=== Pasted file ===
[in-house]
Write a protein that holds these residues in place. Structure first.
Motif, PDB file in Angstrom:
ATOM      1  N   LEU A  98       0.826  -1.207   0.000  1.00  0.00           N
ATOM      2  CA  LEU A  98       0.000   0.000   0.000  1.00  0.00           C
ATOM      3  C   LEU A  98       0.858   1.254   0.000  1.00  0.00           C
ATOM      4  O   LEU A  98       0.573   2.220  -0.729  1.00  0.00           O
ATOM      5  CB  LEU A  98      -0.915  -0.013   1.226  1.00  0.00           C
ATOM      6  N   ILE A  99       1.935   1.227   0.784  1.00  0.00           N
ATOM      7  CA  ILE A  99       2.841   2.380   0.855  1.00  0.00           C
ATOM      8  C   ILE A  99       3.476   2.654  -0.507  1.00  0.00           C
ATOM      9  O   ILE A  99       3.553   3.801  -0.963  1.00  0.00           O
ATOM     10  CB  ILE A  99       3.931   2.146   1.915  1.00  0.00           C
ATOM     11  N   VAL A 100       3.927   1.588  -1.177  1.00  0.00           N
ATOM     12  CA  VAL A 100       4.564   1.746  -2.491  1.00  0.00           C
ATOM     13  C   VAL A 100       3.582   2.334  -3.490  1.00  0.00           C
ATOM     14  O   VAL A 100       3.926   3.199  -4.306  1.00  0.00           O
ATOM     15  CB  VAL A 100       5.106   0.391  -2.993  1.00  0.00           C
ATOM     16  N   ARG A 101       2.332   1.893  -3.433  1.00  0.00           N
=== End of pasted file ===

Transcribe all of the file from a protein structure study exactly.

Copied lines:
[in-house]
Write a protein that holds these residues in place. Structure first.
Motif, PDB file in Angstrom:
ATOM      1  N   LEU A  98       0.826  -1.207   0.000  1.00  0.00           N
ATOM      2  CA  LEU A  98       0.000   0.000   0.000  1.00  0.00           C
ATOM      3  C   LEU A  98       0.858   1.254   0.000  1.00  0.00           C
ATOM      4  O   LEU A  98       0.573   2.220  -0.729  1.00  0.00           O
ATOM      5  CB  LEU A  98      -0.915  -0.013   1.226  1.00  0.00           C
ATOM      6  N   ILE A  99       1.935   1.227   0.784  1.00  0.00           N
ATOM      7  CA  ILE A  99       2.841   2.380   0.855  1.00  0.00           C
ATOM      8  C   ILE A  99       3.476   2.654  -0.507  1.00  0.00           C
ATOM      9  O   ILE A  99       3.553   3.801  -0.963  1.00  0.00           O
ATOM     10  CB  ILE A  99       3.931   2.146   1.915  1.00  0.00           C
ATOM     11  N   VAL A 100       3.927   1.588  -1.177  1.00  0.00           N
ATOM     12  CA  VAL A 100       4.564   1.746  -2.491  1.00  0.00           C
ATOM     13  C   VAL A 100       3.582   2.334  -3.490  1.00  0.00           C
ATOM     14  O   VAL A 100       3.926   3.199  -4.306  1.00  0.00           O
ATOM     15  CB  VAL A 100       5.106   0.391  -2.993  1.00  0.00           C
ATOM     16  N   ARG A 101       2.332   1.893  -3.433  1.00  0.00           N